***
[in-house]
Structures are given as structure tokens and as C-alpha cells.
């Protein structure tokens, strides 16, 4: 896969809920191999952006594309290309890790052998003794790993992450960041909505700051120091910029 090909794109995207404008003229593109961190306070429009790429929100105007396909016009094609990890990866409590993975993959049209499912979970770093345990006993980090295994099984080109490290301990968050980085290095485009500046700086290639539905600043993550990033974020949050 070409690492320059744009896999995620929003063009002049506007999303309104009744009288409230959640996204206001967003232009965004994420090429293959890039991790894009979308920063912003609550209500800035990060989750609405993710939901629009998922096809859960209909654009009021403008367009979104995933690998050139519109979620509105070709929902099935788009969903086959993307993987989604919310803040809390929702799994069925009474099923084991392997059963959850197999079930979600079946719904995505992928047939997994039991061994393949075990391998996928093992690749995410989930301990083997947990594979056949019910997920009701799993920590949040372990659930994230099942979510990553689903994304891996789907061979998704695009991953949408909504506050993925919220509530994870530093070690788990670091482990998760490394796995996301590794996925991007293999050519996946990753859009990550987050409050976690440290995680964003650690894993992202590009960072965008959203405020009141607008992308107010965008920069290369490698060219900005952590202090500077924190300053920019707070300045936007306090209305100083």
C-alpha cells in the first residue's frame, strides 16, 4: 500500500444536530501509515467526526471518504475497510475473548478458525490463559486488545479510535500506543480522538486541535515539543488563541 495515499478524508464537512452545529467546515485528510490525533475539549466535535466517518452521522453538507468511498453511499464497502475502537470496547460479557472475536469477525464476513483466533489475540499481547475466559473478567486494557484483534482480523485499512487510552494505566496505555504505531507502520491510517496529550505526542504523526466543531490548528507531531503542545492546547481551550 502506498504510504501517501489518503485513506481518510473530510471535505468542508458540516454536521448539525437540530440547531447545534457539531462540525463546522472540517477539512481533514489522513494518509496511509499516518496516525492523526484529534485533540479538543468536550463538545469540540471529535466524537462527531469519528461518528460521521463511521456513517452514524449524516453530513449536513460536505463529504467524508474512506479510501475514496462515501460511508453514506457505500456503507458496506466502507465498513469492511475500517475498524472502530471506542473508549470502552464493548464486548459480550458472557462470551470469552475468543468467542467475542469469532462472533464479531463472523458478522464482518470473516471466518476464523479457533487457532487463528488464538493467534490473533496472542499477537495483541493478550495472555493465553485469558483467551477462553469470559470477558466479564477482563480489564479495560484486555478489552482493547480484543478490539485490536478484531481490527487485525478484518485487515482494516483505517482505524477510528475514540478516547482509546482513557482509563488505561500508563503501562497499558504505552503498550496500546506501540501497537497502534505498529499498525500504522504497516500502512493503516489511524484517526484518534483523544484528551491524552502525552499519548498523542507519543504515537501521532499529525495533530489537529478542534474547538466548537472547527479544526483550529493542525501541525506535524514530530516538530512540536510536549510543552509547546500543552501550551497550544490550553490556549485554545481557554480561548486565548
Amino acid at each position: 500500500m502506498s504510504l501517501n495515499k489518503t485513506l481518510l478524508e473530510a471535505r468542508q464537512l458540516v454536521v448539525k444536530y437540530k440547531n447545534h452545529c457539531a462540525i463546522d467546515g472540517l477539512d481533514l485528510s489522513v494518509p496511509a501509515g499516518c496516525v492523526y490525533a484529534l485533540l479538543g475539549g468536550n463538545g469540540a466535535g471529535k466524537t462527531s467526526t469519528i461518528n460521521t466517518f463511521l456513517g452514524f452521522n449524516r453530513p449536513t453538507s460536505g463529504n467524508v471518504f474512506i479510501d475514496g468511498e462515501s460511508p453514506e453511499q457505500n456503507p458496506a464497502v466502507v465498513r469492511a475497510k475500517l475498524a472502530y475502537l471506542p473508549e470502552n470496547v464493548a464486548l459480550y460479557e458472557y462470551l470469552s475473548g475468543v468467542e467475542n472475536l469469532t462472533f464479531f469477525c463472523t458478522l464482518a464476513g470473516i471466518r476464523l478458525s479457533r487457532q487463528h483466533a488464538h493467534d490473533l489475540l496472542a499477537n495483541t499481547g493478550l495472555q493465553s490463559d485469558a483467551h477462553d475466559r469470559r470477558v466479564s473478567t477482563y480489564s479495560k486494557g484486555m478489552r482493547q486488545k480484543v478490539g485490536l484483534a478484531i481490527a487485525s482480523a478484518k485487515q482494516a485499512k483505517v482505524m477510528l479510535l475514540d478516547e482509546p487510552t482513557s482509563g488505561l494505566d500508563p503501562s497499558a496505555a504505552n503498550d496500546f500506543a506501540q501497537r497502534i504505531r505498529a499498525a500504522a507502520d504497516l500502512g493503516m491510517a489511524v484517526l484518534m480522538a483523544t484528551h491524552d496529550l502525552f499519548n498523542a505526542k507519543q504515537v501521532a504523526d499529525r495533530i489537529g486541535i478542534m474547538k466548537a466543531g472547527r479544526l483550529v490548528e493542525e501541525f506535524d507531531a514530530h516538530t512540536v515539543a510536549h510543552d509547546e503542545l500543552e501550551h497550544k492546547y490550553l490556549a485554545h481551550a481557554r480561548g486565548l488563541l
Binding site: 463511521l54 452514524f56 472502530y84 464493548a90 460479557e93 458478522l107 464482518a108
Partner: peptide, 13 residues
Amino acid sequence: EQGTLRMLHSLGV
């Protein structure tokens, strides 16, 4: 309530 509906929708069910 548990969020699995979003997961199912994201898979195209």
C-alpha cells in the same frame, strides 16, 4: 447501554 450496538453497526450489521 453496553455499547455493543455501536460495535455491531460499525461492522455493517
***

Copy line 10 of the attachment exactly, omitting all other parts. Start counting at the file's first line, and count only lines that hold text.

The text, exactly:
C-alpha cells in the same frame, strides 16, 4: 447501554 450496538453497526450489521 453496553455499547455493543455501536460495535455491531460499525461492522455493517